The Daily Wire reported that activists of Abolish Human Abortion were booted from Bedlam Coffee in Seattle because the gay owner couldn't tolerate their presence. After asking members of the group whether they would tolerate his bringing his boyfriend in the shop and performing sex acts with him in front of them, he told them, "Well, then I don't have to f---ing tolerate this! Then leave — all of you! Tell all your f---ing friends, 'Don't f---ing come here'!" I have no real problem with owners serving whom they choose in a free market, but I'll note that it's unlikely that we'll hear outcries from the left complaining about this discriminatory treatment because here those being denied service were not asking for a wedding cake for a same-sex marriage ceremony.
In case you haven't heard of the concept of "cultural appropriation," it is the use of certain aspects of a certain culture by another culture, which, to those who use the term, is a bad thing. Who thinks this way? But I digress. University of Texas cultural studies professor Luis Urrieta has taken the concept to a new level. Urrieta noted that these appropriations have "many economic, social and symbolic repercussions. The first is obviously the theft of intellectual property, the theft of communal knowledge. ... Socially, it reduces native and indigenous peoples to 'artifacts' that can be worn, used, consumed and displayed." A few examples of what they mean by "appropriation" will suffice to illustrate. The University of California, Merced, told fraternities and sororities they should avoid using the terms "Greek," "rush" and "pledge" because they are appropriations of Greek culture. And at San Francisco State University, an African-American student reportedly attacked a white student because his hair was in dreadlocks. No, you really can't make this stuff up. "Appropriation is a form of theft," said Urrieta. "It is a nice way of saying that someone is taking someone else's [idea] and making it their own." In my humble view, the burden of defending such Twilight Zonery is on any who would defend it, but maybe I'm just old-fashioned. In case you think Urrieta is merely an outlier, another professor, Rachel V. Gonzalez-Martin, described cultural appropriation as "cultural poaching." If you're still thinking "outliers," the University of Michigan advertised to recruit a person — at an annual salary of $50,000 — to handle "cultural appropriation prevention activities." Don't laugh; this isn't satire.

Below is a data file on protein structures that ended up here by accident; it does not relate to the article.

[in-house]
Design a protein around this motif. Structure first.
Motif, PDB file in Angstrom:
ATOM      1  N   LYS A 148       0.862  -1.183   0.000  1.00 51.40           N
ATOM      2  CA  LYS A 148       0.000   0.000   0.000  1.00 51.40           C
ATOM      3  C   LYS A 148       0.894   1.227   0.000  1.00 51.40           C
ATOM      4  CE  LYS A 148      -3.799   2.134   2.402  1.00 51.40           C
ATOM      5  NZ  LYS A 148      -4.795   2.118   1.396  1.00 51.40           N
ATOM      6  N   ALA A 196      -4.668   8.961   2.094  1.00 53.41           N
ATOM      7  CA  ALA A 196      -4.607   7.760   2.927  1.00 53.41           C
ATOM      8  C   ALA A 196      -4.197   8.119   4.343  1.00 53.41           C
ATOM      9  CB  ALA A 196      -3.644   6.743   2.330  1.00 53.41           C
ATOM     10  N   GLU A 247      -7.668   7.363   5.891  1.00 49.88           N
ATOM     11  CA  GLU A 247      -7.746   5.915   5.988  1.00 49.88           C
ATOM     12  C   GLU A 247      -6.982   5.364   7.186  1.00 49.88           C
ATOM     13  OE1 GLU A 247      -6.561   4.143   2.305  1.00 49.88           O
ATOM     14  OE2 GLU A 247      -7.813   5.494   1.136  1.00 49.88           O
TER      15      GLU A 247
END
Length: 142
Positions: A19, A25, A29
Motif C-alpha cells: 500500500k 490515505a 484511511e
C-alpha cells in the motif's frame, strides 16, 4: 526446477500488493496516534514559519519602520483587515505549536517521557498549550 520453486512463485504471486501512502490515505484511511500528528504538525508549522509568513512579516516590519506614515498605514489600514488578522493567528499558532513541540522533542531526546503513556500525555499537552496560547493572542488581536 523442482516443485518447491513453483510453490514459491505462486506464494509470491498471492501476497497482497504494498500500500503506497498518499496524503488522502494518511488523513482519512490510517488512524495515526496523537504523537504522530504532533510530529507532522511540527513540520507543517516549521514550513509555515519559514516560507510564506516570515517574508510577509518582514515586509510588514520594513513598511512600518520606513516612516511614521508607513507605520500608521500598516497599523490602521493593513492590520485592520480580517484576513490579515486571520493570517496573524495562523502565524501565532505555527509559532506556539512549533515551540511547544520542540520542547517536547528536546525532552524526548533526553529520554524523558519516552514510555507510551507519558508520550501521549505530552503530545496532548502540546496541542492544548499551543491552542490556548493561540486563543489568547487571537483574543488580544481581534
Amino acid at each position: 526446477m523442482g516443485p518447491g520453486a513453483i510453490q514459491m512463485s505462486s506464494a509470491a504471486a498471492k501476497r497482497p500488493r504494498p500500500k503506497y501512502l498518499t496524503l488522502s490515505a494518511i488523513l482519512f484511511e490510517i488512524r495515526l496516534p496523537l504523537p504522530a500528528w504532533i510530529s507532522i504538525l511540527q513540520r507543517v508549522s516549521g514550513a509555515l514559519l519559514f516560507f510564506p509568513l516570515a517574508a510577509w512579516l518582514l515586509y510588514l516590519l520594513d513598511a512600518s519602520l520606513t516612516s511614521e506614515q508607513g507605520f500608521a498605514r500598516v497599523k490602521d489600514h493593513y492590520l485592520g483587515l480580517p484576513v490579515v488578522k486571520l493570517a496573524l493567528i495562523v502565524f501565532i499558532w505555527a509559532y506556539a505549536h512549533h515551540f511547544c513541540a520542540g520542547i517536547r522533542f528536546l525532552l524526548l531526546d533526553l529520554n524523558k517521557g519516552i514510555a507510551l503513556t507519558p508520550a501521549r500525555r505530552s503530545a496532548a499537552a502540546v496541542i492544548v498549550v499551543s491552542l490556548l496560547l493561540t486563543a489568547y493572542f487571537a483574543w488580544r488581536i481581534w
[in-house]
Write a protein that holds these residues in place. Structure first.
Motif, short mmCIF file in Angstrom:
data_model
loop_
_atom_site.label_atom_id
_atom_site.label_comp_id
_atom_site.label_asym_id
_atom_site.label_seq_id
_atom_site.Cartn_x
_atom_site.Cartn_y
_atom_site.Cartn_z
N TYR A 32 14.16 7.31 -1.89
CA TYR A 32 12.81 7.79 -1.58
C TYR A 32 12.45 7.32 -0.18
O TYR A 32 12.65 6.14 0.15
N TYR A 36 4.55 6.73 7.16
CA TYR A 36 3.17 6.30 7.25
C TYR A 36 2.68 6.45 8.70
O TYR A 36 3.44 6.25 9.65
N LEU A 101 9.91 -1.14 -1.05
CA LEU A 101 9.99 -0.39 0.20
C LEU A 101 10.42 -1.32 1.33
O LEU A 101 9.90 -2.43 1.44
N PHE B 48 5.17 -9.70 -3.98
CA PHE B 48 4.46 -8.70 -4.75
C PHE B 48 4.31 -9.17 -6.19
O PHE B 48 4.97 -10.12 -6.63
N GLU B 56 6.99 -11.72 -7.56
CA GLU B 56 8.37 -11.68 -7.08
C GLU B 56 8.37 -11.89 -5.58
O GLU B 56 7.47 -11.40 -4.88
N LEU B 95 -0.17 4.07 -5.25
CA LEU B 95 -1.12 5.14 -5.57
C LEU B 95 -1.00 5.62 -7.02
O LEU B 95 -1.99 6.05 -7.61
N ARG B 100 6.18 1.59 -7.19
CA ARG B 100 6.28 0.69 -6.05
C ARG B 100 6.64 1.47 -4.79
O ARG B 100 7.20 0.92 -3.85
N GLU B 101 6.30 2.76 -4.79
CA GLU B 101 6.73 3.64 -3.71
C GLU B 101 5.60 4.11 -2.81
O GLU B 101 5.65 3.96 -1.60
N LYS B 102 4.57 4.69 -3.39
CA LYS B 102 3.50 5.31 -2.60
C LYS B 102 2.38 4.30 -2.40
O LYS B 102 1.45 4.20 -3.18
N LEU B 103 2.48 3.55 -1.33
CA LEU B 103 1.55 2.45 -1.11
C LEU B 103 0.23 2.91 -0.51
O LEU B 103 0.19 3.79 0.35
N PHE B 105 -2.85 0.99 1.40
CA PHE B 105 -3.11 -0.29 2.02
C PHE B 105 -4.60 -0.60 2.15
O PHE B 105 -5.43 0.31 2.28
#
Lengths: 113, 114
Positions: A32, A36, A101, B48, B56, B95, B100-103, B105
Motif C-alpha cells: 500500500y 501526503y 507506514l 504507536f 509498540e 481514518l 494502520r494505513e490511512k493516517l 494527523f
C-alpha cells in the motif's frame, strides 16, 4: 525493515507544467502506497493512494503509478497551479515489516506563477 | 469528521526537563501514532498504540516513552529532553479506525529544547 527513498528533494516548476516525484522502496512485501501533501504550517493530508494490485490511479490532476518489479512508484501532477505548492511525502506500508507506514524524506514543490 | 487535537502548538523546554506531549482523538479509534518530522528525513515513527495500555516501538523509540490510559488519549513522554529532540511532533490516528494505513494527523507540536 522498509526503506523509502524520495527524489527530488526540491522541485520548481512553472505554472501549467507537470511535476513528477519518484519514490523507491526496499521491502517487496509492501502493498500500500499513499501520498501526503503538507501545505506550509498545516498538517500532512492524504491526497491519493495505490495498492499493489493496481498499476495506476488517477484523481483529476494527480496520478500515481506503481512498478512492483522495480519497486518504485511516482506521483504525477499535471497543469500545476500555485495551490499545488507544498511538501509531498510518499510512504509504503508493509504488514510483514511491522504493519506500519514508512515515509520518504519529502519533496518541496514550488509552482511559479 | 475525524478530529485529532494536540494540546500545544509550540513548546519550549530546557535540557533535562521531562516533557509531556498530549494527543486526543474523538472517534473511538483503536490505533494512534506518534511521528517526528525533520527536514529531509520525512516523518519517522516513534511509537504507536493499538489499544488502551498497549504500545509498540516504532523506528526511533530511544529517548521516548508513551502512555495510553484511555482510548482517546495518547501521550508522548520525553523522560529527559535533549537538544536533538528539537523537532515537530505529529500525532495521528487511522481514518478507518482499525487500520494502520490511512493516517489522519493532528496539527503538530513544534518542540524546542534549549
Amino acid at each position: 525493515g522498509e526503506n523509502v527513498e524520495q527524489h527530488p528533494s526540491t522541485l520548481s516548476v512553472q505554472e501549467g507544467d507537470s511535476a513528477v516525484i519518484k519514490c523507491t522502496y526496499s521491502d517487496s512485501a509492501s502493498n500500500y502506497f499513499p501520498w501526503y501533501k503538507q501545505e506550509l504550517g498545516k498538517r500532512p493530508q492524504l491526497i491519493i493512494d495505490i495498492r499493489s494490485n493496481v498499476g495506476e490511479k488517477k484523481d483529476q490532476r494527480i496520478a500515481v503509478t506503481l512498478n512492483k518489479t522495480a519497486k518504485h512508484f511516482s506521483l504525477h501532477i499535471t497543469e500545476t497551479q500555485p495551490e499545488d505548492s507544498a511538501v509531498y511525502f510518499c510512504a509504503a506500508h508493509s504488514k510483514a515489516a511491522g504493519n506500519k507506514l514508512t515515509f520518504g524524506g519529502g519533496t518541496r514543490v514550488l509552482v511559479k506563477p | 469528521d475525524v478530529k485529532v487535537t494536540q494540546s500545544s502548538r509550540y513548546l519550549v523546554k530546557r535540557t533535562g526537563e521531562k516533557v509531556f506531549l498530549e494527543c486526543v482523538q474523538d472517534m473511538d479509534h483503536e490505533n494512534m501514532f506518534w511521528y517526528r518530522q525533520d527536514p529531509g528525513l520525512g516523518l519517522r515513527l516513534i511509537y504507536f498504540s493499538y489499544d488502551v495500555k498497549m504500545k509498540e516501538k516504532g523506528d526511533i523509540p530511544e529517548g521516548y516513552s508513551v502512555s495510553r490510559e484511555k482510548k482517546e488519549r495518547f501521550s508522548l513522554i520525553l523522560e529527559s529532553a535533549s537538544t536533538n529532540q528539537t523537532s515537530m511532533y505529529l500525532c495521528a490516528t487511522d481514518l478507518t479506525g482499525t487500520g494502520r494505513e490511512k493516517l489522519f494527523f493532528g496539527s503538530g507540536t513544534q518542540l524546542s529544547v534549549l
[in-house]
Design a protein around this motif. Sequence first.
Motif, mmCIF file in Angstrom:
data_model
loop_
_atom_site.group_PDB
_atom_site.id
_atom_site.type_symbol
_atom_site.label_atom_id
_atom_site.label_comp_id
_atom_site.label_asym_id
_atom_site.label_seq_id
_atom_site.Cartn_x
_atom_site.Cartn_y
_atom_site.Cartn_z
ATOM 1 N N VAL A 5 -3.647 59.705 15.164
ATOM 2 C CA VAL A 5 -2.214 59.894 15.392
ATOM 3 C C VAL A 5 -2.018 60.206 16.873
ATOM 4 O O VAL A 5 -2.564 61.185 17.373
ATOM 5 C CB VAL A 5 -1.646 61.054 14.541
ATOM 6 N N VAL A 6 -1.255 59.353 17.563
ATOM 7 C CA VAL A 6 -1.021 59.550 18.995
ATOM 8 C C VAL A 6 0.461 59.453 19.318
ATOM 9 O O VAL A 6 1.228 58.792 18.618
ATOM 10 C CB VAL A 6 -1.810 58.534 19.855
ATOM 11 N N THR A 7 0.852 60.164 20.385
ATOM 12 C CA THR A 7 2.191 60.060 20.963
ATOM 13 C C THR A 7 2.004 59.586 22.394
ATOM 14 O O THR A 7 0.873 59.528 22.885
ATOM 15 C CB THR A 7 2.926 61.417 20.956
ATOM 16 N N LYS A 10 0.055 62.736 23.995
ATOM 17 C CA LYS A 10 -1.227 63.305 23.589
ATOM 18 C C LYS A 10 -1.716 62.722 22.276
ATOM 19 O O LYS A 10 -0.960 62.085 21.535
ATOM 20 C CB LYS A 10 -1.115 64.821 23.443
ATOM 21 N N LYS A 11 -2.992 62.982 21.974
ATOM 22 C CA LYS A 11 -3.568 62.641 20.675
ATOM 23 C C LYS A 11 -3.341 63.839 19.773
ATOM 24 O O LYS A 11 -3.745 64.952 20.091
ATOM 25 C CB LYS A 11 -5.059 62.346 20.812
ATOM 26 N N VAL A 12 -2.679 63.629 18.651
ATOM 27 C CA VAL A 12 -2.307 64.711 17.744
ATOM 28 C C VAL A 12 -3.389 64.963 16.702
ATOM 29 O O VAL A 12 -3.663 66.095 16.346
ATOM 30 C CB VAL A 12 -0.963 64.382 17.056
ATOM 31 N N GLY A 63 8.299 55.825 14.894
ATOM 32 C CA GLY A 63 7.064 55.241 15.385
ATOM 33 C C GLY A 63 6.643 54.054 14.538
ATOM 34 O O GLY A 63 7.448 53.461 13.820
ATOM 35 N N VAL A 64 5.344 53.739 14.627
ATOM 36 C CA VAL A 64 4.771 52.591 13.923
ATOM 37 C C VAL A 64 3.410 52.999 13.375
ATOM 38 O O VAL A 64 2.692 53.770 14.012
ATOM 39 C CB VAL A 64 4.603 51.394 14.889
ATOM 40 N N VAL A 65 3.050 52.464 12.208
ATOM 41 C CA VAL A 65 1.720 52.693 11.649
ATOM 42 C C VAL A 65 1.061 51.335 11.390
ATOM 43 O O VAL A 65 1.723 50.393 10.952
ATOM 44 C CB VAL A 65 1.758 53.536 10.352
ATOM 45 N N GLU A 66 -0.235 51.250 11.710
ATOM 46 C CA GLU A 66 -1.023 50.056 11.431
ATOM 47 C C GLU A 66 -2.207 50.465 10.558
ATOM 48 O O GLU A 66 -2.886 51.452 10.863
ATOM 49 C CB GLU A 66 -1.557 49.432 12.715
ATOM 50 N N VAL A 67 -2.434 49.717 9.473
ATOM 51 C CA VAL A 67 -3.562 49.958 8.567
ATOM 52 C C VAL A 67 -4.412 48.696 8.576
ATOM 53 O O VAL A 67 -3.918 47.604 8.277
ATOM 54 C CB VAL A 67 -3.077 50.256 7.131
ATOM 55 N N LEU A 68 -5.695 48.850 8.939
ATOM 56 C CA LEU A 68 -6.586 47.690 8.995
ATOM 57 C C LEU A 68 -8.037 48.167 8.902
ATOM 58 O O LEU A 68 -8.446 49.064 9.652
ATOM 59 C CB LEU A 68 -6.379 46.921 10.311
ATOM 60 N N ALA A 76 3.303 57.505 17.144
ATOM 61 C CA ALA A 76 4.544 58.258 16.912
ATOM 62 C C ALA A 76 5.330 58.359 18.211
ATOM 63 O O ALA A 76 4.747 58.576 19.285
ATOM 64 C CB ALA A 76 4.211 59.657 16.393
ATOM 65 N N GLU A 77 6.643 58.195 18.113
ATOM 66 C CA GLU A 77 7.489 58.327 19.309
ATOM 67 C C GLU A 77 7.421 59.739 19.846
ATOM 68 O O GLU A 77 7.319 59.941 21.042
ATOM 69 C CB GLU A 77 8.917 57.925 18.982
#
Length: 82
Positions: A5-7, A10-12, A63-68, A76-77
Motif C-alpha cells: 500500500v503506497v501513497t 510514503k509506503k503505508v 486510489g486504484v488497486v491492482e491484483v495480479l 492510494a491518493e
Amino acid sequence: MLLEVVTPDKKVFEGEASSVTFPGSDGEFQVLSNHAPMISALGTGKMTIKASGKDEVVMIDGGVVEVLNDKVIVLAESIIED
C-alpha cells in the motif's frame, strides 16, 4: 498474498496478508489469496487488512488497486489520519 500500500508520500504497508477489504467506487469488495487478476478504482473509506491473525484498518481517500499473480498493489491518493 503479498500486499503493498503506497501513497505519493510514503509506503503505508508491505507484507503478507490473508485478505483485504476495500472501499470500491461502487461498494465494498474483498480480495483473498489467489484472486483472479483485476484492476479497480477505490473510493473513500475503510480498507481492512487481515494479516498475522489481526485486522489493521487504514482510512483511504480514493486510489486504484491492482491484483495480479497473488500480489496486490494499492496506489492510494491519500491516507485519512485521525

Finally, California Gov. Jerry Brown recently signed legislation lowering from a felony to a misdemeanor the act of knowingly exposing a sexual partner to HIV without disclosing the infection to the person. Also protected by this outrageously reckless nod to political correctness are those who give blood without revealing their infection. Here I can't say "there are no words," because there are plenty, but I've run out of space.
For the same reason, I must omit tons of other examples, but in mitigation for this inadequacy, I think it is only fair that I get props for not opining on the Harvey Weinstein scandal, trusting that the news saturation on this story has reached your homes.
The most interesting stories aren’t told in the headlines. They’re in the FOOTNOTES!